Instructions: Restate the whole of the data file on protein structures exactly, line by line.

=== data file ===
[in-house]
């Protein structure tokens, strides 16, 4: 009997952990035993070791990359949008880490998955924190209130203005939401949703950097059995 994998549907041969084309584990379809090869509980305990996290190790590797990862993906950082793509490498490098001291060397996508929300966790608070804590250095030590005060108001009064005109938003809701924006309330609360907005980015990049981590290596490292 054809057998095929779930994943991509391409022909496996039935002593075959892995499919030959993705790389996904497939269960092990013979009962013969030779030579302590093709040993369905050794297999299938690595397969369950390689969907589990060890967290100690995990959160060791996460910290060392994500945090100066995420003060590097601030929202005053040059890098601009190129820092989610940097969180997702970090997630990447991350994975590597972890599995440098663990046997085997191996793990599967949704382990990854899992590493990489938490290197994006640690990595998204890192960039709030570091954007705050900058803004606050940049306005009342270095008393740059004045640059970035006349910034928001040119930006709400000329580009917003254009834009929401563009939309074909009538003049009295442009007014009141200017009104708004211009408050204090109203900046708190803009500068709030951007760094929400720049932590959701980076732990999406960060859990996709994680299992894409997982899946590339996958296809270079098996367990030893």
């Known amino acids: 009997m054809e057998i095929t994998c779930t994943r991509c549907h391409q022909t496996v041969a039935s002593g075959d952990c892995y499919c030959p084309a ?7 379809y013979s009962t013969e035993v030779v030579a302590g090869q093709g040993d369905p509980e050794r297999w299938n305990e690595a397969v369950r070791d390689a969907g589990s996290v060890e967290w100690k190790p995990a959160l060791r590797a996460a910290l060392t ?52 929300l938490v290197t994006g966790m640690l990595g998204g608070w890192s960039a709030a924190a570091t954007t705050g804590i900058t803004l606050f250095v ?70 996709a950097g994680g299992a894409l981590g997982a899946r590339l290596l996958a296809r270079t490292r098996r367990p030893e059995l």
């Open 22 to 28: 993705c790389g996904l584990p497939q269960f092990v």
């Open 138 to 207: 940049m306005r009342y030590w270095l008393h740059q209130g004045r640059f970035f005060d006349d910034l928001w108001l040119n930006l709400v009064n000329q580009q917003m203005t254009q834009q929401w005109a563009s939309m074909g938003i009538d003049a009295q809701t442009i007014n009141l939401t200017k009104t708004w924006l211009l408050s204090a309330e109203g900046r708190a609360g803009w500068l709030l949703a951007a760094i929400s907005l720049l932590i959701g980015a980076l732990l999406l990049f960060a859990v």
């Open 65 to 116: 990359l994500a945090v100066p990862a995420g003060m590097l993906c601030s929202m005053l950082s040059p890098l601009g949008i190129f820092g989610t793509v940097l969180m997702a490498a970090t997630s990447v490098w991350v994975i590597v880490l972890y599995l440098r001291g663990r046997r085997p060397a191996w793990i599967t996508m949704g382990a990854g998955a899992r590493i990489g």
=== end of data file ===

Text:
[in-house]
């Protein structure tokens, strides 16, 4: 009997952990035993070791990359949008880490998955924190209130203005939401949703950097059995 994998549907041969084309584990379809090869509980305990996290190790590797990862993906950082793509490498490098001291060397996508929300966790608070804590250095030590005060108001009064005109938003809701924006309330609360907005980015990049981590290596490292 054809057998095929779930994943991509391409022909496996039935002593075959892995499919030959993705790389996904497939269960092990013979009962013969030779030579302590093709040993369905050794297999299938690595397969369950390689969907589990060890967290100690995990959160060791996460910290060392994500945090100066995420003060590097601030929202005053040059890098601009190129820092989610940097969180997702970090997630990447991350994975590597972890599995440098663990046997085997191996793990599967949704382990990854899992590493990489938490290197994006640690990595998204890192960039709030570091954007705050900058803004606050940049306005009342270095008393740059004045640059970035006349910034928001040119930006709400000329580009917003254009834009929401563009939309074909009538003049009295442009007014009141200017009104708004211009408050204090109203900046708190803009500068709030951007760094929400720049932590959701980076732990999406960060859990996709994680299992894409997982899946590339996958296809270079098996367990030893």
């Known amino acids: 009997m054809e057998i095929t994998c779930t994943r991509c549907h391409q022909t496996v041969a039935s002593g075959d952990c892995y499919c030959p084309a ?7 379809y013979s009962t013969e035993v030779v030579a302590g090869q093709g040993d369905p509980e050794r297999w299938n305990e690595a397969v369950r070791d390689a969907g589990s996290v060890e967290w100690k190790p995990a959160l060791r590797a996460a910290l060392t ?52 929300l938490v290197t994006g966790m640690l990595g998204g608070w890192s960039a709030a924190a570091t954007t705050g804590i900058t803004l606050f250095v ?70 996709a950097g994680g299992a894409l981590g997982a899946r590339l290596l996958a296809r270079t490292r098996r367990p030893e059995l």
């Open 22 to 28: 993705c790389g996904l584990p497939q269960f092990v």
């Open 138 to 207: 940049m306005r009342y030590w270095l008393h740059q209130g004045r640059f970035f005060d006349d910034l928001w108001l040119n930006l709400v009064n000329q580009q917003m203005t254009q834009q929401w005109a563009s939309m074909g938003i009538d003049a009295q809701t442009i007014n009141l939401t200017k009104t708004w924006l211009l408050s204090a309330e109203g900046r708190a609360g803009w500068l709030l949703a951007a760094i929400s907005l720049l932590i959701g980015a980076l732990l999406l990049f960060a859990v």
């Open 65 to 116: 990359l994500a945090v100066p990862a995420g003060m590097l993906c601030s929202m005053l950082s040059p890098l601009g949008i190129f820092g989610t793509v940097l969180m997702a490498a970090t997630s990447v490098w991350v994975i590597v880490l972890y599995l440098r001291g663990r046997r085997p060397a191996w793990i599967t996508m949704g382990a990854g998955a899992r590493i990489g």